Thursday, June 28, 2012

Sweet Stories from Guest Blogger Brooke!

Hi I'm Brooke from Teachable Moments, guest blogging for Natalie today. I wanted to give you some ideas about how to get your students writing great stories (or narratives if you like the technical term).

In my school we all use the same approach to literacy and part of this is a 'formula' for writing different text types. For narrative we try to give the kids some steps to follow rather than just say "Go write a story" which we know is extremely hard, especially for young kids.

Firstly we plan our story. For this we use a graphic organiser. I encourage the kids to plan their story with pictures, rather than words as this gets them imagining what their story will be about and gets them 'making movies in their heads' - ie. visualising.

The headings we use for our organiser are Character, Setting, Event 1, Event 2, Event 3, Climax. 

I like the students to then flip the page over and write a few words to describe each picture, just in case they forget what they have drawn :) Click on the graphic to get your copy.

The character and setting forms the 'orientation' of the story which is where the students try to answer the "W" questions of Who? What? When? Where? The orients the reader to what the story is going to be about and sets the scene for what is to come in the story.

The plan is designed in such a way that it is meant to indicate that each 'event' in the story gets more exciting/dramatic/scary and it builds up to the climax, which should be the most exciting part of the whole thing.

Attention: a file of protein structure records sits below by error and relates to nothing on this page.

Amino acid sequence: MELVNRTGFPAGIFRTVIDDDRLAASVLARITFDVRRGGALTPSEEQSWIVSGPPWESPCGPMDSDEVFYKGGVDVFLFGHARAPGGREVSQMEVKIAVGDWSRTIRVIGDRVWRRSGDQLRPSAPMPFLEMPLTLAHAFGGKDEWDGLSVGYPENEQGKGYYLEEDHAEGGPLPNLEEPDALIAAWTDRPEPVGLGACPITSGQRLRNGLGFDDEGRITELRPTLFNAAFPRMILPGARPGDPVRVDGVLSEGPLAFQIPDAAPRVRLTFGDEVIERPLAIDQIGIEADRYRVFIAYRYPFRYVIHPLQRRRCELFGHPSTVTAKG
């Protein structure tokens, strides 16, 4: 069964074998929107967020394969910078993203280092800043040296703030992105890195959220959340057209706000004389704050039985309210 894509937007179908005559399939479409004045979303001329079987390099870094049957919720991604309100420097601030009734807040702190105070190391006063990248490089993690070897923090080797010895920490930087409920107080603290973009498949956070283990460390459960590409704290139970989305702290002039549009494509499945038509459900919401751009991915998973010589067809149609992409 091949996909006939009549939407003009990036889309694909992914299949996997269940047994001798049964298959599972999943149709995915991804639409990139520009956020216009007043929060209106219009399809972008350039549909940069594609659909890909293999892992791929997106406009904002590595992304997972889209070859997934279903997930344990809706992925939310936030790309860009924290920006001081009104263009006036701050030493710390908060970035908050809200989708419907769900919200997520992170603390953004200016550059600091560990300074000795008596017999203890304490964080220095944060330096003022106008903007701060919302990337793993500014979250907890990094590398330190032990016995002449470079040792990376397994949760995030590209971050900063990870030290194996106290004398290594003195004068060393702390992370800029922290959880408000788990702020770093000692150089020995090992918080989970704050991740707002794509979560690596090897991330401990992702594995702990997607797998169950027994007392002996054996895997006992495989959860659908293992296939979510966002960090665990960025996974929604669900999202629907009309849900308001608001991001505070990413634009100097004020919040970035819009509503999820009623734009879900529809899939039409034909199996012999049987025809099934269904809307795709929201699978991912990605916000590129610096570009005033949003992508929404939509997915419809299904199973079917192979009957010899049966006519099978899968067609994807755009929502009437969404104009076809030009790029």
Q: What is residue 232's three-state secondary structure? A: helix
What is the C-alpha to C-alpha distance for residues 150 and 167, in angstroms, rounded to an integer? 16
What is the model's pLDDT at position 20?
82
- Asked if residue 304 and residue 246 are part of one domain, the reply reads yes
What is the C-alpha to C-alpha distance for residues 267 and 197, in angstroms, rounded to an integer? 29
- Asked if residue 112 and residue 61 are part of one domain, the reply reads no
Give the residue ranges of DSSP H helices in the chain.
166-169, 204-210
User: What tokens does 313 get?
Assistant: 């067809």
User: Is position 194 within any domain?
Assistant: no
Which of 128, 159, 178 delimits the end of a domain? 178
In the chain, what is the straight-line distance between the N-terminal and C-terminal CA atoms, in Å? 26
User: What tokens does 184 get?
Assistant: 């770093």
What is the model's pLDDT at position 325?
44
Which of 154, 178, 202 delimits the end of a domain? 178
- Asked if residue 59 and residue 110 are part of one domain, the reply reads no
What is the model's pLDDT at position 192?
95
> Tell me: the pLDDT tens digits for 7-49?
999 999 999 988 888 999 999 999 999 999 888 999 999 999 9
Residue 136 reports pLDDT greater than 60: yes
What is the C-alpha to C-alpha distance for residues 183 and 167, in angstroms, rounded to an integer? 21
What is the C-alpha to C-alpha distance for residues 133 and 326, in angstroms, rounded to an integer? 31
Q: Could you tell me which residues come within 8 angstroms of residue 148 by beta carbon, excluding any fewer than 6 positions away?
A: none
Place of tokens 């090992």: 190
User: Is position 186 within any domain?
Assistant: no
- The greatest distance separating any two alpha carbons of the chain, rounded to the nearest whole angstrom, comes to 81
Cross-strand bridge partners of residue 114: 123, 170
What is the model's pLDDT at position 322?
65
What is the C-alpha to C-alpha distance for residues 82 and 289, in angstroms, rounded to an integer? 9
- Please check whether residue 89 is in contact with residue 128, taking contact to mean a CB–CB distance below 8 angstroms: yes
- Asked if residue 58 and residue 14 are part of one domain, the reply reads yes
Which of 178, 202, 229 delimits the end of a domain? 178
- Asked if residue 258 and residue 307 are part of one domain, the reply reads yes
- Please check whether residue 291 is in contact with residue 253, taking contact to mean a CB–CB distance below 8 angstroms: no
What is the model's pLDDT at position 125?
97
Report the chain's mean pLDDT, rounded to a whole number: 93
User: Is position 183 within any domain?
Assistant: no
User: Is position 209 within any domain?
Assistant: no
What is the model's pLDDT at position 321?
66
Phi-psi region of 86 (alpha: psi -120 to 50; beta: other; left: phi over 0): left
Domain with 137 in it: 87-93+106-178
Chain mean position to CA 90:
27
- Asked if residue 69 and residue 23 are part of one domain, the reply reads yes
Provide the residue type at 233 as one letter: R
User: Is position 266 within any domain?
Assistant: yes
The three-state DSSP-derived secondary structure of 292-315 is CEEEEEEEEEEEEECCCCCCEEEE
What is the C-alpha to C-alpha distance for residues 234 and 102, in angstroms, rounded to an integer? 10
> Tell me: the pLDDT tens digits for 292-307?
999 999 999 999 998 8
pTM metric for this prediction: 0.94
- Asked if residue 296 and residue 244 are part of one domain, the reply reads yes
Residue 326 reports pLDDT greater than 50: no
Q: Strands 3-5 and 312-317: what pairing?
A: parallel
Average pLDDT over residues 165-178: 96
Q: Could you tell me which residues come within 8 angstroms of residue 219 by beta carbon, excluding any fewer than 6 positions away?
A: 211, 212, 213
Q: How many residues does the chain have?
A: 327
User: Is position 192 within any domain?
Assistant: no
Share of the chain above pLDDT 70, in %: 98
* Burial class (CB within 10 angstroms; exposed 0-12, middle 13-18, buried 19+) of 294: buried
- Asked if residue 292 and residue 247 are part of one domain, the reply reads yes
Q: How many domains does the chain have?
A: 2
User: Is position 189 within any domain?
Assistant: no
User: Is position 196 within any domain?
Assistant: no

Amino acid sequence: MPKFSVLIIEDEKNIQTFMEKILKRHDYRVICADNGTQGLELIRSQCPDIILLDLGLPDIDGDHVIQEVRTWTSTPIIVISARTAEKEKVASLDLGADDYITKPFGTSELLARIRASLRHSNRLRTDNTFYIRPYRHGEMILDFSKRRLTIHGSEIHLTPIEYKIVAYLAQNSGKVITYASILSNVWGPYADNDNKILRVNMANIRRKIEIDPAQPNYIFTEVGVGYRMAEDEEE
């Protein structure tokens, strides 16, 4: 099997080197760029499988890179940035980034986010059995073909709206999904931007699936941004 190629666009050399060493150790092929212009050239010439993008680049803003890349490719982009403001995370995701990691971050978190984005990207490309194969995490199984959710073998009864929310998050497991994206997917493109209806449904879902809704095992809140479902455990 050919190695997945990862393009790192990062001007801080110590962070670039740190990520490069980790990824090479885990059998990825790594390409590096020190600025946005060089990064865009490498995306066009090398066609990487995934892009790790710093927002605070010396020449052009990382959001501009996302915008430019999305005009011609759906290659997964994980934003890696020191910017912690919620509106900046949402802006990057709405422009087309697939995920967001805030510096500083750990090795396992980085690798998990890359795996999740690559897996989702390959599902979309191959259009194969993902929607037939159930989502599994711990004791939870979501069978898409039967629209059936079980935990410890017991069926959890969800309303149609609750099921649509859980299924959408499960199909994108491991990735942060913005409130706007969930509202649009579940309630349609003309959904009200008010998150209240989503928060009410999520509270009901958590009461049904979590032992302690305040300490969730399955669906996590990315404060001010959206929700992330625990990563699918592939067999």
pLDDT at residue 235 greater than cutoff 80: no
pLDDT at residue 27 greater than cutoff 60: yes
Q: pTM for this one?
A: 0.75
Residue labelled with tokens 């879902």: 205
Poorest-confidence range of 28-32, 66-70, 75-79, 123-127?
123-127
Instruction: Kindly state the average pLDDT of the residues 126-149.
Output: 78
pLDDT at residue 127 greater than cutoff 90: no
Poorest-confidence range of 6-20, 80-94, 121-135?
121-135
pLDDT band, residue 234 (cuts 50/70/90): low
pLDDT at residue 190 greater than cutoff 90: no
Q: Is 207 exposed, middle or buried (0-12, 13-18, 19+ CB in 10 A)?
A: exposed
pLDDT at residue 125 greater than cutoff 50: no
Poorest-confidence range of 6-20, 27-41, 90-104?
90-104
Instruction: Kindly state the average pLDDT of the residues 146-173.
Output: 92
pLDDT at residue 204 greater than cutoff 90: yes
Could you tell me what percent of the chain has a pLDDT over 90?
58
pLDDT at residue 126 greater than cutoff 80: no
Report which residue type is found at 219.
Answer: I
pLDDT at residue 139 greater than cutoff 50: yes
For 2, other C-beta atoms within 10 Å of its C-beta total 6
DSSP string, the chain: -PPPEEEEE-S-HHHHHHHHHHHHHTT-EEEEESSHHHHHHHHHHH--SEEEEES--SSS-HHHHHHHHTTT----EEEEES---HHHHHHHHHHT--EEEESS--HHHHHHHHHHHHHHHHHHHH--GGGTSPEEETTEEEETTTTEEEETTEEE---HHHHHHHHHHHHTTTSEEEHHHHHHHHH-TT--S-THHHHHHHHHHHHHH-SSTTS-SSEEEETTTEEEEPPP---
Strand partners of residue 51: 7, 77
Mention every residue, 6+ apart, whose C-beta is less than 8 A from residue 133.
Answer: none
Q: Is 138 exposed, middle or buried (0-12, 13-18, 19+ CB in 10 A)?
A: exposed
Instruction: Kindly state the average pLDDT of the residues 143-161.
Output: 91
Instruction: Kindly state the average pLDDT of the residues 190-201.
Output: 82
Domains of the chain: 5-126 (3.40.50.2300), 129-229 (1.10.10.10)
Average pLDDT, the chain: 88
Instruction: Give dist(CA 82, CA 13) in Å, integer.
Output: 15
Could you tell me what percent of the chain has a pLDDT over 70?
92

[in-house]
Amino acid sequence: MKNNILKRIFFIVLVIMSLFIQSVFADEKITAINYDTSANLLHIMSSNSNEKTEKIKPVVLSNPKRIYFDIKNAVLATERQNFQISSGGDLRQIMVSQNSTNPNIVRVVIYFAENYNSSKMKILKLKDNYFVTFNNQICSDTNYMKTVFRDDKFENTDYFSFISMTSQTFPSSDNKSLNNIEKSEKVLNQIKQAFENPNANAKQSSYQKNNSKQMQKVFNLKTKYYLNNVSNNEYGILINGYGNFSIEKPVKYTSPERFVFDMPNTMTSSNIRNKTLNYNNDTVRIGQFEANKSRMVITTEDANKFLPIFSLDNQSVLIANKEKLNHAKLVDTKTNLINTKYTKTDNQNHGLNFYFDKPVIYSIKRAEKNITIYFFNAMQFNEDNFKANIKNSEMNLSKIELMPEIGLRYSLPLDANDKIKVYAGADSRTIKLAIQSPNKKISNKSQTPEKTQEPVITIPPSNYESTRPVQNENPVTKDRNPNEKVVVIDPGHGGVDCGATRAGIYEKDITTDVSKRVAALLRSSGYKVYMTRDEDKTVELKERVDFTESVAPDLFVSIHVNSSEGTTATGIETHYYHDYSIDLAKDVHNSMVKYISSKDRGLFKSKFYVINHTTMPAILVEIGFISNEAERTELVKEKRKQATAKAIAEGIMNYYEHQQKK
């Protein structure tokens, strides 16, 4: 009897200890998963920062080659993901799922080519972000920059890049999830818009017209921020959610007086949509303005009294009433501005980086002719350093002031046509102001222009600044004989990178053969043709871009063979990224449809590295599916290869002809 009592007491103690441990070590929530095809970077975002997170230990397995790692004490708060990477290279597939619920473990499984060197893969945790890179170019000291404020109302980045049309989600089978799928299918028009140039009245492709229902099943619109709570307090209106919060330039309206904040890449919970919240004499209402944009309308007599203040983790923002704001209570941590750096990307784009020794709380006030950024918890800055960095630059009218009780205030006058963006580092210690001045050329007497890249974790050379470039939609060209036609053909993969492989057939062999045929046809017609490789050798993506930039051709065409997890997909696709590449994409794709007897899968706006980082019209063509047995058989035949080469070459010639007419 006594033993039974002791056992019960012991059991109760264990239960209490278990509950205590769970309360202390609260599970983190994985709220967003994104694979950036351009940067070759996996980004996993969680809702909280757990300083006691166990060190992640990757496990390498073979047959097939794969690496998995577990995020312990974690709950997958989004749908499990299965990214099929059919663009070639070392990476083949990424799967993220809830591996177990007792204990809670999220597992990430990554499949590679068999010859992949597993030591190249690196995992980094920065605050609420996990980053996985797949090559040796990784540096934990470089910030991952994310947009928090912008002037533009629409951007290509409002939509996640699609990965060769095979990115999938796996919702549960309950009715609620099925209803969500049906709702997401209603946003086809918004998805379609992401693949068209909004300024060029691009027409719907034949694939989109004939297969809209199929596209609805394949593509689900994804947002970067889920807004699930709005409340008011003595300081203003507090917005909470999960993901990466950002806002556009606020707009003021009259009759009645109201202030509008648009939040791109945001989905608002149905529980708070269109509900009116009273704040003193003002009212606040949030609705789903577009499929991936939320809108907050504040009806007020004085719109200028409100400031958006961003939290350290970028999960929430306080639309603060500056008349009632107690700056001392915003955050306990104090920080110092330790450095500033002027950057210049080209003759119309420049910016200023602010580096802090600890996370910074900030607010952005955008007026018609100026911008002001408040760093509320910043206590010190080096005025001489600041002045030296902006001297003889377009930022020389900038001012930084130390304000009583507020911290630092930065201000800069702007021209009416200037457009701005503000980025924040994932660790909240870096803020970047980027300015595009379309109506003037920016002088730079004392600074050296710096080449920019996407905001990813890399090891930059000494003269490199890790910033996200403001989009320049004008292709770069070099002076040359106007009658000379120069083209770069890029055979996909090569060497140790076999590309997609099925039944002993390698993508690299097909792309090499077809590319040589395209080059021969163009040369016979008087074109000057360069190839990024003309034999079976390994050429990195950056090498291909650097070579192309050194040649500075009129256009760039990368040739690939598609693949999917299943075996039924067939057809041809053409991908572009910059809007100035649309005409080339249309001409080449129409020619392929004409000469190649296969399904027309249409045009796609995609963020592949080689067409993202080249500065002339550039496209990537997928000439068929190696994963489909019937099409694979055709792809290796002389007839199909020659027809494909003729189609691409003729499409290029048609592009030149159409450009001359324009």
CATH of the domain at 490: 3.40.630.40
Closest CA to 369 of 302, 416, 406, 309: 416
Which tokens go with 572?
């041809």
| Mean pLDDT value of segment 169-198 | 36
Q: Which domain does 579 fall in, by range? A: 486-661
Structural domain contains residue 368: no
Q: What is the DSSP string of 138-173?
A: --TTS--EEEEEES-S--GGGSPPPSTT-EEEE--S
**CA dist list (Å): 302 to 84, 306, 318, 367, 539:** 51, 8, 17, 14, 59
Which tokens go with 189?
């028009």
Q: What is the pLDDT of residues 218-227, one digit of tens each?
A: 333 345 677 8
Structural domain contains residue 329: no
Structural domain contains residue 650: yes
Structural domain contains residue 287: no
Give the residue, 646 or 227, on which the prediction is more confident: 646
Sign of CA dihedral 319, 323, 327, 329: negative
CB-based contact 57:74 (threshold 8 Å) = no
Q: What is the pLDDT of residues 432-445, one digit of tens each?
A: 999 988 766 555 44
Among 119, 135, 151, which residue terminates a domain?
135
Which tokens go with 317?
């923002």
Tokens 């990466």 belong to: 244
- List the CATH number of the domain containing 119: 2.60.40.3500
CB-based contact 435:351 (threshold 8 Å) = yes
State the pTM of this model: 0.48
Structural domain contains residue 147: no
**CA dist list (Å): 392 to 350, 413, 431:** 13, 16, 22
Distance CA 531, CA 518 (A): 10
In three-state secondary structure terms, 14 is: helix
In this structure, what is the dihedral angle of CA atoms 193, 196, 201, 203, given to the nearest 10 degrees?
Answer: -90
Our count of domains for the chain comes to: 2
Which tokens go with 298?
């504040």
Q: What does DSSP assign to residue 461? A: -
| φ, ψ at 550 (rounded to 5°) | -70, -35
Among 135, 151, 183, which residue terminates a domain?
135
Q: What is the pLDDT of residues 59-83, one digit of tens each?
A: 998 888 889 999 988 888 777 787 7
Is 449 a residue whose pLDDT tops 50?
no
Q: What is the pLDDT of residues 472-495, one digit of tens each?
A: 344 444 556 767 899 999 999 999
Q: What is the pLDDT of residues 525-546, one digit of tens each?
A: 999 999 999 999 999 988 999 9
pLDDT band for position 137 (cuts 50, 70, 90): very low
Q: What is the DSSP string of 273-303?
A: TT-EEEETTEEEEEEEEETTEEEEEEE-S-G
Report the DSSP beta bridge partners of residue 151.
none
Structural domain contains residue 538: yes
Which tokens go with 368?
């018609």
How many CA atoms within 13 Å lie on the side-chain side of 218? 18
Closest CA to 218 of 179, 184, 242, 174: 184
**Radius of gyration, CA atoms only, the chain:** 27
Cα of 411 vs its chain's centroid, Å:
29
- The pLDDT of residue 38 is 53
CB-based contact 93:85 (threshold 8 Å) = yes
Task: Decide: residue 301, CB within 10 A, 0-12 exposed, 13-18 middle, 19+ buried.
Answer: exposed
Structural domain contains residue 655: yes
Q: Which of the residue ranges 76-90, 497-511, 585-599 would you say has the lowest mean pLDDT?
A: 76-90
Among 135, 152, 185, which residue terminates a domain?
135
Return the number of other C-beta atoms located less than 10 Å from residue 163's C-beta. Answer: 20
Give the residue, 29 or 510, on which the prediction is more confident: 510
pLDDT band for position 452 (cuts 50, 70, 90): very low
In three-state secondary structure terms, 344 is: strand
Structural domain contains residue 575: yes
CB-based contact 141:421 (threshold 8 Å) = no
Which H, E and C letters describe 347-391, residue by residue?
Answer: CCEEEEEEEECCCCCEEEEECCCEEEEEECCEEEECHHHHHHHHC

Once the plan is done, then we start to write. Each box (character and settings are considered 1 box) represents one paragraph, so that by the end, they should have 5 paragraphs (hopefully!) We also talk about that each paragraph should have a variety of sentence types (simple, compound and complex) to increase the readability and interest in their story.

The other thing that we discuss at length is adjectives and adverbs and how important they are to make an interesting story. I use a lot of visualisation during these discussions and give examples. I might start with a simple sentence such as "The boy ran away". Then add adjectives and adverbs to increase the excitement and add to the visualisation. "The little frightened boy was wearing a blue tshirt. He ran away quickly because he was being chased my a big, angry dog". I have found this gives students ideas about how easy it can be for them to add some more info to their writing.

Teaching year 2, I usually write a story over the week, doing one part each day until we have a finished story.

Hopefully this has given you a few new ideas on how to get your students writing better stories. 

Thanks Natalie for having me :)

                                                       Teachable Moments



  1. Love your post Brooke!

    Jessica Stanford
    Mrs. Stanford's Class
    I could use your help! Check out my latest post ♥

  2. Thanks for your great post on writing stories. I love the graphic organizer! Thanks for sharing your great tips Brooke!
    Learning Is Something to Treasure

  3. Im glad you found it useful Lisa


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